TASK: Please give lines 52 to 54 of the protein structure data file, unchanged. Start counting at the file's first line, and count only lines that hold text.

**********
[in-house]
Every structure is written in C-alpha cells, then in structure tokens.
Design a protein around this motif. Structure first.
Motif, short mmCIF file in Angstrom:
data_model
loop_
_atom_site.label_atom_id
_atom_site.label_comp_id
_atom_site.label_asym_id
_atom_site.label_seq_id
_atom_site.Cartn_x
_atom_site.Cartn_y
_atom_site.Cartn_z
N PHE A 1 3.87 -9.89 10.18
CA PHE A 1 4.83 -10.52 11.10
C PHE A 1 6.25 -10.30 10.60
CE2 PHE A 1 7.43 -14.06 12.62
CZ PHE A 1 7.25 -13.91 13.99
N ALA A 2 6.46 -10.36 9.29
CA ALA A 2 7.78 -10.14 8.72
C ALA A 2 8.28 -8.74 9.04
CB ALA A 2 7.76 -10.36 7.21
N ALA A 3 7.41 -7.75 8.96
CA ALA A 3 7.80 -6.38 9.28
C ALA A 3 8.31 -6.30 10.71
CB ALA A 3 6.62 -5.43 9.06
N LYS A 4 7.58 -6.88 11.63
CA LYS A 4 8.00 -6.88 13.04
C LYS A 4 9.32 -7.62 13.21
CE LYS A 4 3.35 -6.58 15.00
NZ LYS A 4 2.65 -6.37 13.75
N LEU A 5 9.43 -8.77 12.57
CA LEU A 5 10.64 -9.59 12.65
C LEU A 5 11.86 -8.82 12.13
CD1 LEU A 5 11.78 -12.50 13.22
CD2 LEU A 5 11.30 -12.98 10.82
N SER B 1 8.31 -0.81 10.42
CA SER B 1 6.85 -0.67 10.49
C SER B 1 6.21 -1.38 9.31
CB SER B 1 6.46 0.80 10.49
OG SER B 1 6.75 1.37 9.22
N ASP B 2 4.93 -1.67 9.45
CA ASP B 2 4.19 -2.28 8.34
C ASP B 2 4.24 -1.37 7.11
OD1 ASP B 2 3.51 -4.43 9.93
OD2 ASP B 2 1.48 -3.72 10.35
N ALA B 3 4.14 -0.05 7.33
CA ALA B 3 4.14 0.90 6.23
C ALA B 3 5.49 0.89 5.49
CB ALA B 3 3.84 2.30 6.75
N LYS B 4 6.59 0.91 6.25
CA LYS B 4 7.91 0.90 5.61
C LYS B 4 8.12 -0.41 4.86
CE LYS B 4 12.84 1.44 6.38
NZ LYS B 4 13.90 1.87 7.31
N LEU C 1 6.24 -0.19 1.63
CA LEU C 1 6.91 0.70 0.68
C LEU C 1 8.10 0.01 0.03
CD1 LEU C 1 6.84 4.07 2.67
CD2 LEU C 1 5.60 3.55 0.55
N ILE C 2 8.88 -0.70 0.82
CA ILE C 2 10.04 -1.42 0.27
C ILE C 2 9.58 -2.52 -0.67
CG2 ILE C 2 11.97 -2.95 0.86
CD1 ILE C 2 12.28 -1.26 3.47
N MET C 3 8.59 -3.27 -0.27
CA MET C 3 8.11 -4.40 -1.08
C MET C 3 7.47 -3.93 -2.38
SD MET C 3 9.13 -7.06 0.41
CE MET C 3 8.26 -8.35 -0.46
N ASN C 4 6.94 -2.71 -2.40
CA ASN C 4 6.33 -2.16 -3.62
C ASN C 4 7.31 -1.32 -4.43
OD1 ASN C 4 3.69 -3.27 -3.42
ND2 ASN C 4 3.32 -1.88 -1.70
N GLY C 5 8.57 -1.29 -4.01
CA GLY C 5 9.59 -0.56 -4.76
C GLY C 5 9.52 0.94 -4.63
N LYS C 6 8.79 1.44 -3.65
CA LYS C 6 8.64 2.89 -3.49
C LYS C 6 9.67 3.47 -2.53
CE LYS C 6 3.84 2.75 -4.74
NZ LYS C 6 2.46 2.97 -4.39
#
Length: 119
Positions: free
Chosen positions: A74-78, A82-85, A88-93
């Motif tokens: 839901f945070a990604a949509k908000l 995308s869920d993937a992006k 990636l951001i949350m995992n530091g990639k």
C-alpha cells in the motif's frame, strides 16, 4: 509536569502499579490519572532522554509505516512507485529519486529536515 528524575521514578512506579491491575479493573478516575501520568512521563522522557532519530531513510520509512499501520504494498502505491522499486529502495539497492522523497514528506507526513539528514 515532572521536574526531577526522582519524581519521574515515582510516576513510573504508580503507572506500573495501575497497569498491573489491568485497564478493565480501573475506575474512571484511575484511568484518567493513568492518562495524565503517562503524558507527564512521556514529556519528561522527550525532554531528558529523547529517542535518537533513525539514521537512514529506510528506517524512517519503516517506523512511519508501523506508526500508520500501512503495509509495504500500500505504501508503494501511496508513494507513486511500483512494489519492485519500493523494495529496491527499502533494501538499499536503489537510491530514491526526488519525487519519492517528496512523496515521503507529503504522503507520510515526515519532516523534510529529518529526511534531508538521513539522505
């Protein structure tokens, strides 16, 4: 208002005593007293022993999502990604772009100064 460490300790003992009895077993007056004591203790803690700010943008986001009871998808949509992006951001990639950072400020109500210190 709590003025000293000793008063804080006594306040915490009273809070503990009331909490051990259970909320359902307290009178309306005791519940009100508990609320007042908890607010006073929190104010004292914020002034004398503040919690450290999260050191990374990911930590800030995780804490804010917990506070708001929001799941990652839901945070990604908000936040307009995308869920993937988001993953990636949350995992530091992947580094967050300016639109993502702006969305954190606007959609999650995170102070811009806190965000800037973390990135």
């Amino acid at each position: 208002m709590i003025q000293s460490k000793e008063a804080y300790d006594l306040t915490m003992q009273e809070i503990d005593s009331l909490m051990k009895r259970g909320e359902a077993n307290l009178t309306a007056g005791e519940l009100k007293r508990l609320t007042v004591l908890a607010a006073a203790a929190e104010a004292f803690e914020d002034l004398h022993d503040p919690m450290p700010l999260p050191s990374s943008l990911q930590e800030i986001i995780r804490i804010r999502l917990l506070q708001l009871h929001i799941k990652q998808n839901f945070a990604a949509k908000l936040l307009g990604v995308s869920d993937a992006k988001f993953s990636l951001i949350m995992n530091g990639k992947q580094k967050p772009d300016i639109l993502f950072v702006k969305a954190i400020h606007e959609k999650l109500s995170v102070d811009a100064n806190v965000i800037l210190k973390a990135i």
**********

CA LYS B 4 7.91 0.90 5.61
C LYS B 4 8.12 -0.41 4.86
CE LYS B 4 12.84 1.44 6.38